I have been spraying the plants with this solution for a week now, and although I still find some aphids, the population has decreased dramatically! As I said, for the first three or four days I did it every evening and spraying almost every leaf of the affected plants, but since then I have been doing it on a day in, day out basis and only in places where I see aphids.

So that’s it.. I hope this can be useful if you ever find yourself with the same problem as me… Have a nice (and aphid free) Monday you all! 😉


Credits: Autor and photography Jara Forcadell

Ups and downs in the balcony

As I advanced in my last post, I arrived home from my trip to find some news on the balcony. What do you want first? The good or the bad news? I think I am gonna start with the bad, so we can finish the post with a smile.

One image tells more than a hundred words… and if you remember my struggle to rid the peach tree of the aphids (here you have my first and second post about it) you will imagine my reaction when I saw this…

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The tree was completely infested with them. And plus, the leaves were all curled and red. I promise you, when I saw this, my soul sunk to my feet. (Over-reactive? me? Please! 😉 )

And then, when I moved to see the rest of the plants I found that many others were affected too! The strawberry bushes, the lettuces, the basil, the mint… I was so pissed of, to have not been able to stop the pest on the tree and therefore having let it spread to all the balcony…


If that was not enough… the peas (which by the way have already produced quite a few peas that we have collected, I’ll tell you about that later… ) have something grey on the leaves and at the same time are drying out in some places.


See the greyish thing? And the yellow dry leaves?IMG_1882

However, after the initial stress, “Oh no.. What am I gonna do? I shouldn’t have started gardening in the first time, this is clearly not for me.. etc..”, I relaxed and started working.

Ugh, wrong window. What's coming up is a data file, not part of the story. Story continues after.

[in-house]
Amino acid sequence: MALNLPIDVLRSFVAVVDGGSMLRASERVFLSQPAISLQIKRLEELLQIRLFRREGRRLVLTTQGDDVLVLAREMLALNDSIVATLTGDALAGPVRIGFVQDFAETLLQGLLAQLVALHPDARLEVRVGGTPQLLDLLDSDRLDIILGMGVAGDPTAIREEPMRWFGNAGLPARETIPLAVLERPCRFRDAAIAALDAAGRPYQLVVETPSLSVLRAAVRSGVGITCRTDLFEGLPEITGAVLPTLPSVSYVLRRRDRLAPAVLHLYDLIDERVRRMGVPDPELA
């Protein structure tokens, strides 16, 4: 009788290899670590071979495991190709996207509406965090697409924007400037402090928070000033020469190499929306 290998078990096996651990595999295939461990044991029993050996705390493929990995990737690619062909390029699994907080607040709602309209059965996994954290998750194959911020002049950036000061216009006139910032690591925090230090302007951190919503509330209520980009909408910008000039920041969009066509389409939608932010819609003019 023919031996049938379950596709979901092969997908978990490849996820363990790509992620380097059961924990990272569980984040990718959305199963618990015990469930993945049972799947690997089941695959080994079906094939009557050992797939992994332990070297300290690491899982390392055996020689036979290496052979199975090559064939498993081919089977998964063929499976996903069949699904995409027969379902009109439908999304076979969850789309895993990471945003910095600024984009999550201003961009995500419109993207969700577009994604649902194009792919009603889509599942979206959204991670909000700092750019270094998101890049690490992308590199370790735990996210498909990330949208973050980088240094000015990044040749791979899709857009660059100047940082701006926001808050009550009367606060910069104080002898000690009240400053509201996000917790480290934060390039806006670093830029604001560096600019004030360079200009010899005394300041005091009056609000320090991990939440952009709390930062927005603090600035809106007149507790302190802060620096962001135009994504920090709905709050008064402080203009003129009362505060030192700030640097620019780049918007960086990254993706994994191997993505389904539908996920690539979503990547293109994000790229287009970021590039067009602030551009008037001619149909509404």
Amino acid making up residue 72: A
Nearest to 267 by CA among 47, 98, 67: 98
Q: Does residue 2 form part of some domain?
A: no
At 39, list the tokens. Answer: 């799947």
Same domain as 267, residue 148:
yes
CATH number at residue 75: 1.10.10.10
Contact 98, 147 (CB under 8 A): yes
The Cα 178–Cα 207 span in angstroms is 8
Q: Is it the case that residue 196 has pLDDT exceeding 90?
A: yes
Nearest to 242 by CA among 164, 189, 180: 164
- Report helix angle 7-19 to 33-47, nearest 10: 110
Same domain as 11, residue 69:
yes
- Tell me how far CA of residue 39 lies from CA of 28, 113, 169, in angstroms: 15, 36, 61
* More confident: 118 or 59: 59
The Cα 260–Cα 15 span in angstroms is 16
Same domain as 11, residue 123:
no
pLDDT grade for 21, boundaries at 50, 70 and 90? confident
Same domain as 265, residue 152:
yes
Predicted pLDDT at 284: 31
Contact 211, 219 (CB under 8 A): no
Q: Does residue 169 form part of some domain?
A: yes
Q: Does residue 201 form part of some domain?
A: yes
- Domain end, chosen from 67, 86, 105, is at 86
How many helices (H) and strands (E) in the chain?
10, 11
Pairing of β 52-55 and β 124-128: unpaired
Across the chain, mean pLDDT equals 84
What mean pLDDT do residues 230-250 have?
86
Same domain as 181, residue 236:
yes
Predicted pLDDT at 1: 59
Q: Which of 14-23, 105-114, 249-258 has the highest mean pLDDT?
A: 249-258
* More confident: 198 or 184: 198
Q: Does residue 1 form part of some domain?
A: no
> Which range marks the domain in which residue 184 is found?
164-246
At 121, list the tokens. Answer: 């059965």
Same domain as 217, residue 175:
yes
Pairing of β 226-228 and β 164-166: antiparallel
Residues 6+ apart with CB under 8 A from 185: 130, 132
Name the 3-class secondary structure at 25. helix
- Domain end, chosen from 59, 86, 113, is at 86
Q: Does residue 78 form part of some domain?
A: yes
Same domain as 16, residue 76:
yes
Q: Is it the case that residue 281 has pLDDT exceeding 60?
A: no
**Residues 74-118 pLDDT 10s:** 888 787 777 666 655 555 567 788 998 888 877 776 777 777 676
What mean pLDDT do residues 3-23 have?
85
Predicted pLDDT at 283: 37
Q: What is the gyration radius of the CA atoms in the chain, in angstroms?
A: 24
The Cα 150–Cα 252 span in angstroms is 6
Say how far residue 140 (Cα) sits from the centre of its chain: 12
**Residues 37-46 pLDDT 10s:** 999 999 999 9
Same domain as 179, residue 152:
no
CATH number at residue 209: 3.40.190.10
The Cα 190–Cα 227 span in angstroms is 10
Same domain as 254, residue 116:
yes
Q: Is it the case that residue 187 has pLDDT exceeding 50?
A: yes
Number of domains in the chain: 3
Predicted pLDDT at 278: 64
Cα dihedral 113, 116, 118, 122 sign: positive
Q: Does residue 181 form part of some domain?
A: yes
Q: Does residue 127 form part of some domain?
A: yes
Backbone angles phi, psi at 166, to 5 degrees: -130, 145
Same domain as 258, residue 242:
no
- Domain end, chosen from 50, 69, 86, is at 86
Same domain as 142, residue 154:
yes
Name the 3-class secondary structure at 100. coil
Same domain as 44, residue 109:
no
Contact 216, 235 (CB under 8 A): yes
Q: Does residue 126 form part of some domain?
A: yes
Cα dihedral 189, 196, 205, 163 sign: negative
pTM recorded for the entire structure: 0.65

I have already started action on the aphids, and I have been doing research on the greyinsh attack to the peas and hopefully will come up with a solution soon. Of course I’ll share it all here as soon as I can 🙂

We’ll enough bad news, I also found some reasons to smile and clap my hands when I got home last Saturday.

First, the strawberry bushes are sprouting a lot of white flowers.


The tomatoes as well have started flowering.


The basil, which has taken it’s sweet time to grow is finally starting to look like a plant and not a seedling (remember I planted it on yoghurt pots at the end of January?).


And, last but not least, the lavender, which until now hadn’t made any change since we bought it at the garden centre in February has started growing bigger and sprouting lilac beautiful flowers.


Gardening has proved to be much more hard than I expected, I have heard about pests and diseases of plants but you know.. you always think it is not going to happen to you, and plus I though in case it did happen it would be easier to solve… on the other hand though… I never expected it would be so rewarding either!

I guess it’s about practise, and with the time I’ll learn how to tackle all this problems more easily. In the meantime… when the task overwhelms me I’ll try to focus on how nice are the new flowers that are appearing and how sweet will those taste when they become tomatoes and strawberries!

Does your garden or balcony overwhelm you as well sometimes? How do you deal with the pests and diseases on your plants? If you do not have a garden or green balcony yet, I hope this post does not discourage you, as you see there is always a bright side! 😉


Credits: Autor and photography Jara Forcadell

My plant files – New file: Basil


Sweet basil is a bushy annual with glossy opposite leaves and spikes of white flowers. This herb is one of the main ingredients in pesto sauce and can be used to add flavor to many recipes, it tastes specially good combined with tomato.

– If you want to grow it from seed you can do it outdoors after the last frost, or indoors if its still cold. I have read different instructions as to the planting: one that says to sow about eight seeds per pots and then thin to four seedlings when they start to sprout, and then another one recommends to plant two or three seeds. In my case I hadn’t yet read this when I started the planting so I think I went a bit crazy and put like… ten seeds in each of the two pots I planted… and I didn’t thin any seedlings. I hope the plant grows anyway… I’ll keep you updated on that so you can learn from my mistake!